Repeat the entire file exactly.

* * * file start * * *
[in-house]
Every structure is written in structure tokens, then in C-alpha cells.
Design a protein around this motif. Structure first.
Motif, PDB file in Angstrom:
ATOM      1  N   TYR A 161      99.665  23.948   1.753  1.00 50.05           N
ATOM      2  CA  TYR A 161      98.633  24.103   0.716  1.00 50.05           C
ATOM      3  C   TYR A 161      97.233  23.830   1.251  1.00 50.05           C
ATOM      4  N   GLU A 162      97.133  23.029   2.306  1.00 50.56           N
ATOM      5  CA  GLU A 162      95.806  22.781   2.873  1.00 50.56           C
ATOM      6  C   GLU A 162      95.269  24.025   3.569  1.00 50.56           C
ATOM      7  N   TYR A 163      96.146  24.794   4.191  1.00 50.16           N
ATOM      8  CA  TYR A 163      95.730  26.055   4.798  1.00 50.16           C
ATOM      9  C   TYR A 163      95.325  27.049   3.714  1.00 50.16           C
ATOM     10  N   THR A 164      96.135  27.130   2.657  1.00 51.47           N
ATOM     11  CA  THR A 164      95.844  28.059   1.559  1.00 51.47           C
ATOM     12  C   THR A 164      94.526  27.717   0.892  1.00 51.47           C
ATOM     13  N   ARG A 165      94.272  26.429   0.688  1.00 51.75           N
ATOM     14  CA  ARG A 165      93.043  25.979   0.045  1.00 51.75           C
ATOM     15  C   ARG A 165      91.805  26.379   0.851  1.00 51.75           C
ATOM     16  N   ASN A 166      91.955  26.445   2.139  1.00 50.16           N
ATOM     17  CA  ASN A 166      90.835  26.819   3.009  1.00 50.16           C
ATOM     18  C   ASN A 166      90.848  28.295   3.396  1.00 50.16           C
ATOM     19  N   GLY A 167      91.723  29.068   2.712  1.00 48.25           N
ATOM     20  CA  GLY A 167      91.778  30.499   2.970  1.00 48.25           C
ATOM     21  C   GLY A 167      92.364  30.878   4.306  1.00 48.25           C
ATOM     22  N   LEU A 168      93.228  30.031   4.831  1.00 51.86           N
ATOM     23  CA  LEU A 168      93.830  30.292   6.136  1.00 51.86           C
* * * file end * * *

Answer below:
[in-house]
Every structure is written in structure tokens, then in C-alpha cells.
Design a protein around this motif. Structure first.
Motif, PDB file in Angstrom:
ATOM      1  N   TYR A 161      99.665  23.948   1.753  1.00 50.05           N
ATOM      2  CA  TYR A 161      98.633  24.103   0.716  1.00 50.05           C
ATOM      3  C   TYR A 161      97.233  23.830   1.251  1.00 50.05           C
ATOM      4  N   GLU A 162      97.133  23.029   2.306  1.00 50.56           N
ATOM      5  CA  GLU A 162      95.806  22.781   2.873  1.00 50.56           C
ATOM      6  C   GLU A 162      95.269  24.025   3.569  1.00 50.56           C
ATOM      7  N   TYR A 163      96.146  24.794   4.191  1.00 50.16           N
ATOM      8  CA  TYR A 163      95.730  26.055   4.798  1.00 50.16           C
ATOM      9  C   TYR A 163      95.325  27.049   3.714  1.00 50.16           C
ATOM     10  N   THR A 164      96.135  27.130   2.657  1.00 51.47           N
ATOM     11  CA  THR A 164      95.844  28.059   1.559  1.00 51.47           C
ATOM     12  C   THR A 164      94.526  27.717   0.892  1.00 51.47           C
ATOM     13  N   ARG A 165      94.272  26.429   0.688  1.00 51.75           N
ATOM     14  CA  ARG A 165      93.043  25.979   0.045  1.00 51.75           C
ATOM     15  C   ARG A 165      91.805  26.379   0.851  1.00 51.75           C
ATOM     16  N   ASN A 166      91.955  26.445   2.139  1.00 50.16           N
ATOM     17  CA  ASN A 166      90.835  26.819   3.009  1.00 50.16           C
ATOM     18  C   ASN A 166      90.848  28.295   3.396  1.00 50.16           C
ATOM     19  N   GLY A 167      91.723  29.068   2.712  1.00 48.25           N
ATOM     20  CA  GLY A 167      91.778  30.499   2.970  1.00 48.25           C
ATOM     21  C   GLY A 167      92.364  30.878   4.306  1.00 48.25           C
ATOM     22  N   LEU A 168      93.228  30.031   4.831  1.00 51.86           N
ATOM     23  CA  LEU A 168      93.830  30.292   6.136  1.00 51.86           C